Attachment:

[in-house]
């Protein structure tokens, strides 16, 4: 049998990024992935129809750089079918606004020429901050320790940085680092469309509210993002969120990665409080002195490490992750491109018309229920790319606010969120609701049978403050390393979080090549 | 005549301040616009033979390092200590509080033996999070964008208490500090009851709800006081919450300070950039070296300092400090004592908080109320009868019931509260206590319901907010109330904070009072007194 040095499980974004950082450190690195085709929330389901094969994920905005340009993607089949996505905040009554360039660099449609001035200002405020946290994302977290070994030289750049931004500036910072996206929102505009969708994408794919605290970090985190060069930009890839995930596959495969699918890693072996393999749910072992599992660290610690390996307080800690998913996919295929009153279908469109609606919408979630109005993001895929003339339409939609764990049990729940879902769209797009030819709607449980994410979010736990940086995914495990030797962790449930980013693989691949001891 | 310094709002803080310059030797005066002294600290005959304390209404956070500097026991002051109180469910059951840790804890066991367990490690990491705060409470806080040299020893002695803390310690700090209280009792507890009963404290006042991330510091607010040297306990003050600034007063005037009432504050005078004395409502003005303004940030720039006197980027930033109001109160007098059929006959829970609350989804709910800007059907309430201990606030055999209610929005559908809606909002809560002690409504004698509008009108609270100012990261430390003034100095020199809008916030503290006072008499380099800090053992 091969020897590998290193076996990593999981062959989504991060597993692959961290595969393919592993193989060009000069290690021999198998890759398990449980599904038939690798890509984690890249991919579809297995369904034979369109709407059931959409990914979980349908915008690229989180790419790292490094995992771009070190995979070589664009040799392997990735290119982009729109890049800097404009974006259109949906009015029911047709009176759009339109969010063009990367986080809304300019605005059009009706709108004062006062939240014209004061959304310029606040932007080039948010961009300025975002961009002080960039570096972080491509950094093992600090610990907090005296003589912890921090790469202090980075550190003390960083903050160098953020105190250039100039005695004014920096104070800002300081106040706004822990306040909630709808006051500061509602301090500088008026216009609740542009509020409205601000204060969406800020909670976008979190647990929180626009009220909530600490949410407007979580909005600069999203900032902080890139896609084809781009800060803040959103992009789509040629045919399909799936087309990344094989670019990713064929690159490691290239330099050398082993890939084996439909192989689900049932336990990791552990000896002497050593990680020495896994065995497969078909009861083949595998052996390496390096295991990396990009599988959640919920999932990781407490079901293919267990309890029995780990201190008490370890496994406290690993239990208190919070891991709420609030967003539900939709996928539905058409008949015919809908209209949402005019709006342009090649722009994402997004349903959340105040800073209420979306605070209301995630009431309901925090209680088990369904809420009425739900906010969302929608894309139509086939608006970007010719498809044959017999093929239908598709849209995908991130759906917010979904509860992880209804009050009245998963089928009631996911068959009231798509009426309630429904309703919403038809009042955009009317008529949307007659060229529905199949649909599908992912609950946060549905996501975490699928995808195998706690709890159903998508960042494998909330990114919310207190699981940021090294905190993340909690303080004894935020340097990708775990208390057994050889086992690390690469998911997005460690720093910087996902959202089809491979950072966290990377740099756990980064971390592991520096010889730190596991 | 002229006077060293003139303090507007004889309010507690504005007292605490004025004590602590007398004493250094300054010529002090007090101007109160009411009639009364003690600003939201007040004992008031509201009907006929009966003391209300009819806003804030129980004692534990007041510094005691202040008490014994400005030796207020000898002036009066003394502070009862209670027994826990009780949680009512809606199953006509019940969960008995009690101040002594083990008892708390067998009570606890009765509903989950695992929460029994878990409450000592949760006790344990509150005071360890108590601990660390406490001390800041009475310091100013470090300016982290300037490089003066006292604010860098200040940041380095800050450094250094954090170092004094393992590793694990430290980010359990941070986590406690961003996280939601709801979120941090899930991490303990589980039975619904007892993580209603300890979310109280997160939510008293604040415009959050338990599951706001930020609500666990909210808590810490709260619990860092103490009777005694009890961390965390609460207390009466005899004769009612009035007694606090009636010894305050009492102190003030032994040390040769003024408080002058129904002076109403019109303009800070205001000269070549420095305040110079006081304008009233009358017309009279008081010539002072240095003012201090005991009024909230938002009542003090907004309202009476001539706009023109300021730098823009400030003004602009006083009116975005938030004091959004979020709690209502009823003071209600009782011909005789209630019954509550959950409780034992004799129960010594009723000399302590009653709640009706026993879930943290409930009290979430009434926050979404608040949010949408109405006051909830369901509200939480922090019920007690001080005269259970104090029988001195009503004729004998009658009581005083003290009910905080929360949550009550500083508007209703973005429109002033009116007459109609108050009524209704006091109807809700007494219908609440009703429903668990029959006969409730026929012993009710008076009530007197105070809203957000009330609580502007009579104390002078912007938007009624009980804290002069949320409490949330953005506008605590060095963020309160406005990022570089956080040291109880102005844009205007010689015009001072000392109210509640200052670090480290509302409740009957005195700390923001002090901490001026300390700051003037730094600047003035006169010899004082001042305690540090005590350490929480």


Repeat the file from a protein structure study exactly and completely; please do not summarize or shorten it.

[in-house]
């Protein structure tokens, strides 16, 4: 049998990024992935129809750089079918606004020429901050320790940085680092469309509210993002969120990665409080002195490490992750491109018309229920790319606010969120609701049978403050390393979080090549 | 005549301040616009033979390092200590509080033996999070964008208490500090009851709800006081919450300070950039070296300092400090004592908080109320009868019931509260206590319901907010109330904070009072007194 040095499980974004950082450190690195085709929330389901094969994920905005340009993607089949996505905040009554360039660099449609001035200002405020946290994302977290070994030289750049931004500036910072996206929102505009969708994408794919605290970090985190060069930009890839995930596959495969699918890693072996393999749910072992599992660290610690390996307080800690998913996919295929009153279908469109609606919408979630109005993001895929003339339409939609764990049990729940879902769209797009030819709607449980994410979010736990940086995914495990030797962790449930980013693989691949001891 | 310094709002803080310059030797005066002294600290005959304390209404956070500097026991002051109180469910059951840790804890066991367990490690990491705060409470806080040299020893002695803390310690700090209280009792507890009963404290006042991330510091607010040297306990003050600034007063005037009432504050005078004395409502003005303004940030720039006197980027930033109001109160007098059929006959829970609350989804709910800007059907309430201990606030055999209610929005559908809606909002809560002690409504004698509008009108609270100012990261430390003034100095020199809008916030503290006072008499380099800090053992 091969020897590998290193076996990593999981062959989504991060597993692959961290595969393919592993193989060009000069290690021999198998890759398990449980599904038939690798890509984690890249991919579809297995369904034979369109709407059931959409990914979980349908915008690229989180790419790292490094995992771009070190995979070589664009040799392997990735290119982009729109890049800097404009974006259109949906009015029911047709009176759009339109969010063009990367986080809304300019605005059009009706709108004062006062939240014209004061959304310029606040932007080039948010961009300025975002961009002080960039570096972080491509950094093992600090610990907090005296003589912890921090790469202090980075550190003390960083903050160098953020105190250039100039005695004014920096104070800002300081106040706004822990306040909630709808006051500061509602301090500088008026216009609740542009509020409205601000204060969406800020909670976008979190647990929180626009009220909530600490949410407007979580909005600069999203900032902080890139896609084809781009800060803040959103992009789509040629045919399909799936087309990344094989670019990713064929690159490691290239330099050398082993890939084996439909192989689900049932336990990791552990000896002497050593990680020495896994065995497969078909009861083949595998052996390496390096295991990396990009599988959640919920999932990781407490079901293919267990309890029995780990201190008490370890496994406290690993239990208190919070891991709420609030967003539900939709996928539905058409008949015919809908209209949402005019709006342009090649722009994402997004349903959340105040800073209420979306605070209301995630009431309901925090209680088990369904809420009425739900906010969302929608894309139509086939608006970007010719498809044959017999093929239908598709849209995908991130759906917010979904509860992880209804009050009245998963089928009631996911068959009231798509009426309630429904309703919403038809009042955009009317008529949307007659060229529905199949649909599908992912609950946060549905996501975490699928995808195998706690709890159903998508960042494998909330990114919310207190699981940021090294905190993340909690303080004894935020340097990708775990208390057994050889086992690390690469998911997005460690720093910087996902959202089809491979950072966290990377740099756990980064971390592991520096010889730190596991 | 002229006077060293003139303090507007004889309010507690504005007292605490004025004590602590007398004493250094300054010529002090007090101007109160009411009639009364003690600003939201007040004992008031509201009907006929009966003391209300009819806003804030129980004692534990007041510094005691202040008490014994400005030796207020000898002036009066003394502070009862209670027994826990009780949680009512809606199953006509019940969960008995009690101040002594083990008892708390067998009570606890009765509903989950695992929460029994878990409450000592949760006790344990509150005071360890108590601990660390406490001390800041009475310091100013470090300016982290300037490089003066006292604010860098200040940041380095800050450094250094954090170092004094393992590793694990430290980010359990941070986590406690961003996280939601709801979120941090899930991490303990589980039975619904007892993580209603300890979310109280997160939510008293604040415009959050338990599951706001930020609500666990909210808590810490709260619990860092103490009777005694009890961390965390609460207390009466005899004769009612009035007694606090009636010894305050009492102190003030032994040390040769003024408080002058129904002076109403019109303009800070205001000269070549420095305040110079006081304008009233009358017309009279008081010539002072240095003012201090005991009024909230938002009542003090907004309202009476001539706009023109300021730098823009400030003004602009006083009116975005938030004091959004979020709690209502009823003071209600009782011909005789209630019954509550959950409780034992004799129960010594009723000399302590009653709640009706026993879930943290409930009290979430009434926050979404608040949010949408109405006051909830369901509200939480922090019920007690001080005269259970104090029988001195009503004729004998009658009581005083003290009910905080929360949550009550500083508007209703973005429109002033009116007459109609108050009524209704006091109807809700007494219908609440009703429903668990029959006969409730026929012993009710008076009530007197105070809203957000009330609580502007009579104390002078912007938007009624009980804290002069949320409490949330953005506008605590060095963020309160406005990022570089956080040291109880102005844009205007010689015009001072000392109210509640200052670090480290509302409740009957005195700390923001002090901490001026300390700051003037730094600047003035006169010899004082001042305690540090005590350490929480």